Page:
BNY Mellon makes China promotions after RMB roll-out

Caleb Shih relocates to become Beijing branch general manager, while Sunny Sun takes on a newly created China client management role.

BNY Mellon has made two key promotions in China, where it is on a drive to expand its renminbi services to institutional clients.

Caleb Shih, a 17-year veteran of BNY Mellon, will take on the role of general manager of its Beijing branch, relocating from Shanghai where he has been working in the bank’s depository receipts department.

The appointment, subject to regulatory approval, will see Shih replace Larry Chen, who is leaving BNY Mellon at the end of June, according to a bank spokesperson.

Shih will also manage relations with clients and Chinese regulators as a client executive within the global client management division. He will report to Eleni Wang, BNY Mellon head of global client management for Asia-Pacific.

Meanwhile, Sunny Sun Xiao-Xia has been appointed to the newly created role of head of global client management in China, where she will aim to grow BNY Mellon’s investment management services for institutional investors on the mainland. She will also report to Wang, who is based in Hong Kong.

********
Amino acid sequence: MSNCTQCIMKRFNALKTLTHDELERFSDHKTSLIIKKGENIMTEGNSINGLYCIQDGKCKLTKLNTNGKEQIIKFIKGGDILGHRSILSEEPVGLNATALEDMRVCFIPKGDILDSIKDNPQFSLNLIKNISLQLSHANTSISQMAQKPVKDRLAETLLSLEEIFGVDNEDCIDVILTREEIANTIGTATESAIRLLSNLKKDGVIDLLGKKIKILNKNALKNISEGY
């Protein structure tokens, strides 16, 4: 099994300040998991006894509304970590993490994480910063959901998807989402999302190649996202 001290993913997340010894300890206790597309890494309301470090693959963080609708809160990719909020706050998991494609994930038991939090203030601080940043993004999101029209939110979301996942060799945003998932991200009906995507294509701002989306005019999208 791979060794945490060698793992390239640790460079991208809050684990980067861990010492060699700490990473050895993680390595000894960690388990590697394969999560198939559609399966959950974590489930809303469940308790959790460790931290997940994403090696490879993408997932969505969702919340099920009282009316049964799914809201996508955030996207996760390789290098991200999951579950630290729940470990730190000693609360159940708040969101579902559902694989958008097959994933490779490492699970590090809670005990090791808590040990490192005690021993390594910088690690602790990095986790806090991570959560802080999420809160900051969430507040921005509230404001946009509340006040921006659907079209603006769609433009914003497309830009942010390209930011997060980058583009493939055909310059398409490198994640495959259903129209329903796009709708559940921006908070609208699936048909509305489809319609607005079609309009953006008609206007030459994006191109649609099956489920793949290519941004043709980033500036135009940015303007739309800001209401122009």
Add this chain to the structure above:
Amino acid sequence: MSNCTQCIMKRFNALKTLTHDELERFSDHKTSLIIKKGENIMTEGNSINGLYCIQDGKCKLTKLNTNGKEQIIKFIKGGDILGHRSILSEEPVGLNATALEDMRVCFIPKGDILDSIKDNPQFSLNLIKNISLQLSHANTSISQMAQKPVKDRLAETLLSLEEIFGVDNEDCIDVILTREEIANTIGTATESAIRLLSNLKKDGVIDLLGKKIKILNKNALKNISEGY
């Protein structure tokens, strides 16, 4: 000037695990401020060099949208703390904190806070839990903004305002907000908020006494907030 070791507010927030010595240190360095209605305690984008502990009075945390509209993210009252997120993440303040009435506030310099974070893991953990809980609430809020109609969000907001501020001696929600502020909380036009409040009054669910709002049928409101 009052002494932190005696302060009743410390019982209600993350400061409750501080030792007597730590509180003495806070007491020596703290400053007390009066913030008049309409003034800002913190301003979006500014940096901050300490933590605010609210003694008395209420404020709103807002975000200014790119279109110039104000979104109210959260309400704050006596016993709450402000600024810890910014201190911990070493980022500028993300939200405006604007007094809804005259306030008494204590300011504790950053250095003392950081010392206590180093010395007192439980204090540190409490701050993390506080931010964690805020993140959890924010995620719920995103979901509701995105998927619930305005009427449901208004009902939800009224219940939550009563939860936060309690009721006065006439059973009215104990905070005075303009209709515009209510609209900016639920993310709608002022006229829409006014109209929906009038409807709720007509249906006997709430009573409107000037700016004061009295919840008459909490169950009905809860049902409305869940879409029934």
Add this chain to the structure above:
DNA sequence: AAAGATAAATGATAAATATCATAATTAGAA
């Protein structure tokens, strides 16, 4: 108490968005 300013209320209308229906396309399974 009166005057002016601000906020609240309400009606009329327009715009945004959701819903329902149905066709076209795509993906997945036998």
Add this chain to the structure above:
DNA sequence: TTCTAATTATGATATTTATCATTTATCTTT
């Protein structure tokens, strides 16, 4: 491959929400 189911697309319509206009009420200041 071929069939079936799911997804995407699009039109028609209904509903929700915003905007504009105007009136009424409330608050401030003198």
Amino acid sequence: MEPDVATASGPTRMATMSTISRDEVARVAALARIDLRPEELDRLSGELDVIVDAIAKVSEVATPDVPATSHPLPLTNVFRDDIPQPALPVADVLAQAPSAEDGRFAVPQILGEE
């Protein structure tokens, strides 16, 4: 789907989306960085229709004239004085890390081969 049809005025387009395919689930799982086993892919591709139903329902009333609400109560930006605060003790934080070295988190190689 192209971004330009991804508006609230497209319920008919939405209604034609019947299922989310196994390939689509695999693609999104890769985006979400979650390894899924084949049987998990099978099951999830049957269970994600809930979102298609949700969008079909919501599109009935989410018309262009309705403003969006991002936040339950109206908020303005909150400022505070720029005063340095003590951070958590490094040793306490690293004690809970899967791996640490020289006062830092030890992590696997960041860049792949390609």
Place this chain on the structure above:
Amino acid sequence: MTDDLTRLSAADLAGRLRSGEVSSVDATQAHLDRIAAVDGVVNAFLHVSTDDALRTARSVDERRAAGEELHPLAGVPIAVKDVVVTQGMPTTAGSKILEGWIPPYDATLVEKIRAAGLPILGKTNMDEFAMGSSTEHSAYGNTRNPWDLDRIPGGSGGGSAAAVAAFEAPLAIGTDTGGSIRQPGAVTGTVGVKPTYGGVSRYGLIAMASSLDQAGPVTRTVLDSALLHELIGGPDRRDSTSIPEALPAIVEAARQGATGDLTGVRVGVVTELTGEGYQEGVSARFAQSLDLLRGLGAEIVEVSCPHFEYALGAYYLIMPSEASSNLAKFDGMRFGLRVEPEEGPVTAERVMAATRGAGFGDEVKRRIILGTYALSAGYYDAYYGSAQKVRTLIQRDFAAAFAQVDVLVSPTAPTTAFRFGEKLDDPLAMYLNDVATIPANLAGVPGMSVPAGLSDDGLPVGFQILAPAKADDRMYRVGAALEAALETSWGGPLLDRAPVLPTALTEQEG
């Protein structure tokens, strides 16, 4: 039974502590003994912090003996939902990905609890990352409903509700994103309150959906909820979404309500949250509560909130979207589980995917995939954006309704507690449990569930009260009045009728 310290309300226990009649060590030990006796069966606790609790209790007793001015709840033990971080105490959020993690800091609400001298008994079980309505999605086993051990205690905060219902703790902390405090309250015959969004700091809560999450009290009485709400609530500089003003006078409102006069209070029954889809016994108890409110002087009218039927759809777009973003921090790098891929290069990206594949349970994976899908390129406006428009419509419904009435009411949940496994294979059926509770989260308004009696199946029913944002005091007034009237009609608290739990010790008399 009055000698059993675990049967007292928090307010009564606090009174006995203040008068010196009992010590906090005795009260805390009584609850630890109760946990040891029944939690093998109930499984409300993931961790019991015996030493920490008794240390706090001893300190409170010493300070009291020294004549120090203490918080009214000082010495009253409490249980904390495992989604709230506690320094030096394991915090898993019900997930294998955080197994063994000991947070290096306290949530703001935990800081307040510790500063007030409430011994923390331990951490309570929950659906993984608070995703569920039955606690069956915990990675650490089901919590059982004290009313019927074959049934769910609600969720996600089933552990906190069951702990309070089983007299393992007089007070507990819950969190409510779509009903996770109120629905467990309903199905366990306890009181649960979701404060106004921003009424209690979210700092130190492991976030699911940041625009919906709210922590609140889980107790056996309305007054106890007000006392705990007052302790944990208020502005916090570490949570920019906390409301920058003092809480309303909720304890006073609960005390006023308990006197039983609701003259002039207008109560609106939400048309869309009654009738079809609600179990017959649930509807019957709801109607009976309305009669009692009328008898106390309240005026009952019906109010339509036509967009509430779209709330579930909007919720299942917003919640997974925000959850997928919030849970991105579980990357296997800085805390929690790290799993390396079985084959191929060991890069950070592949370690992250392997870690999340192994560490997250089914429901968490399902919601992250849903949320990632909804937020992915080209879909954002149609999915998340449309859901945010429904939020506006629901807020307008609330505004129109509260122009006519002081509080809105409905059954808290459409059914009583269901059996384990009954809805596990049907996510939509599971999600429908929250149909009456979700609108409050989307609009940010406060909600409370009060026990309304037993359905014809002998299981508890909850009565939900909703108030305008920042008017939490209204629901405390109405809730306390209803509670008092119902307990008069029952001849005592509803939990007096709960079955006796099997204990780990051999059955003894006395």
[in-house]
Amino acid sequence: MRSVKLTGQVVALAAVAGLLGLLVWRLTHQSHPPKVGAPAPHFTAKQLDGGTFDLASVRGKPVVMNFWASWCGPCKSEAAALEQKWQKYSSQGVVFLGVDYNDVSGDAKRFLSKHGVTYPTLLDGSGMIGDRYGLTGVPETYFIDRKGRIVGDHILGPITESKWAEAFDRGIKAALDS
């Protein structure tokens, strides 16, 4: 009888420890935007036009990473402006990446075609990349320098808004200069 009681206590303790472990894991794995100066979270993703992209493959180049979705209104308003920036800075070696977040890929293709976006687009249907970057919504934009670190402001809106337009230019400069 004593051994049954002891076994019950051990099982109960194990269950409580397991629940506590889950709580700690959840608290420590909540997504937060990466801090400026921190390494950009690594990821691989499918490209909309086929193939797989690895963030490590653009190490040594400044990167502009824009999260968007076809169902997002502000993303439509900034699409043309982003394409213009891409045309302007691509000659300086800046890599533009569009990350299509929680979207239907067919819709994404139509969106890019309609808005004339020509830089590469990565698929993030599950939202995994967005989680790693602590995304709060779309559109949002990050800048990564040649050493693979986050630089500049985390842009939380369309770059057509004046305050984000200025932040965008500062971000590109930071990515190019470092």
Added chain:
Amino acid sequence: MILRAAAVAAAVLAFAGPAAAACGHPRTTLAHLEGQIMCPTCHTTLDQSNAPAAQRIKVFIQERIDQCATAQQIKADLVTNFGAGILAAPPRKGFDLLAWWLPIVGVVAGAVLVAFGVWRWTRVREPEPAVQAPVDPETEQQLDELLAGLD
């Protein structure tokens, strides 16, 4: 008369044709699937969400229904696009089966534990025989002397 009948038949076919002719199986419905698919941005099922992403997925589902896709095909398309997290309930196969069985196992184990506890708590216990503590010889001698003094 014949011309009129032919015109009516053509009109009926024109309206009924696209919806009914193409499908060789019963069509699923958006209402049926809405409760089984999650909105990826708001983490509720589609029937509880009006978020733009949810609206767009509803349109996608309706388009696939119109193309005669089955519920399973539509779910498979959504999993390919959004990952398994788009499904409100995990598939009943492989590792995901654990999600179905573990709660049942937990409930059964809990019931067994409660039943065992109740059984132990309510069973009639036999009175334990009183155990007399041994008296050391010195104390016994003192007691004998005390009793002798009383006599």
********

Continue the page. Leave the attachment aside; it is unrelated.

Sun, who joined BNY Mellon in 1998, had served as a relationship manager in the corporate banking division in New York before taking on the role of China country desk officer in the Asia-Pacific division. She has been based in Beijing since 2003, when she was appointed deputy representative of BNY Mellon’s operation in the capital.

The promotions follow BNY Mellon’s roll-out of RMB services this year after it was granted a licence in February to carry out local currency functions. The firm offers RMB foreign exchange and money market services from its Shanghai branch, and offshore RMB and settlement services to corporate clients in Hong Kong.

RMB services are a major focus of its business activities in China and BNY Mellon is investing heavily, says Steve Lackey, BNY Mellon's Asia-Pacific chairman. The bank says it is seeing a rise in client demand for RMB services as the currency becomes increasingly internationalised.

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